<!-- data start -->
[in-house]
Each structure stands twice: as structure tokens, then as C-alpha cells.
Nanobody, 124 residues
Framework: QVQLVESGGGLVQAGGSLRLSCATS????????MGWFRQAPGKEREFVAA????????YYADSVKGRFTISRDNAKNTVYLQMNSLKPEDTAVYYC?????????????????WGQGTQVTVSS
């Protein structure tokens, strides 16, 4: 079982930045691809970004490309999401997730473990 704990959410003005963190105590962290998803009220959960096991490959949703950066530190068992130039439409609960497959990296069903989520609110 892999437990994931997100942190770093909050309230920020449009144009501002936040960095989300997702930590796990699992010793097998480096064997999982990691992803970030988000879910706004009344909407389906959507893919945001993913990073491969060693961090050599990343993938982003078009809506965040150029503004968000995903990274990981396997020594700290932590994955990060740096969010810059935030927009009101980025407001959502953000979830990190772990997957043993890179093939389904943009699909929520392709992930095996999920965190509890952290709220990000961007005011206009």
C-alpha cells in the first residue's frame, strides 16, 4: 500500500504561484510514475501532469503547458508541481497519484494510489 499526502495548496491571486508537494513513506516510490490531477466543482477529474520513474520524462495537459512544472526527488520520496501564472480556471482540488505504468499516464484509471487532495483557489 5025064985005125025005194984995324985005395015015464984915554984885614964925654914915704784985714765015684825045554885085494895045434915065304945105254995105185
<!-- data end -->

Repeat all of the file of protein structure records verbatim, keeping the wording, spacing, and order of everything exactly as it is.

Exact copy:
[in-house]
Each structure stands twice: as structure tokens, then as C-alpha cells.
Nanobody, 124 residues
Framework: QVQLVESGGGLVQAGGSLRLSCATS????????MGWFRQAPGKEREFVAA????????YYADSVKGRFTISRDNAKNTVYLQMNSLKPEDTAVYYC?????????????????WGQGTQVTVSS
């Protein structure tokens, strides 16, 4: 079982930045691809970004490309999401997730473990 704990959410003005963190105590962290998803009220959960096991490959949703950066530190068992130039439409609960497959990296069903989520609110 892999437990994931997100942190770093909050309230920020449009144009501002936040960095989300997702930590796990699992010793097998480096064997999982990691992803970030988000879910706004009344909407389906959507893919945001993913990073491969060693961090050599990343993938982003078009809506965040150029503004968000995903990274990981396997020594700290932590994955990060740096969010810059935030927009009101980025407001959502953000979830990190772990997957043993890179093939389904943009699909929520392709992930095996999920965190509890952290709220990000961007005011206009």
C-alpha cells in the first residue's frame, strides 16, 4: 500500500504561484510514475501532469503547458508541481497519484494510489 499526502495548496491571486508537494513513506516510490490531477466543482477529474520513474520524462495537459512544472526527488520520496501564472480556471482540488505504468499516464484509471487532495483557489 5025064985005125025005194984995324985005395015015464984915554984885614964925654914915704784985714765015684825045554885085494895045434915065304945105254995105185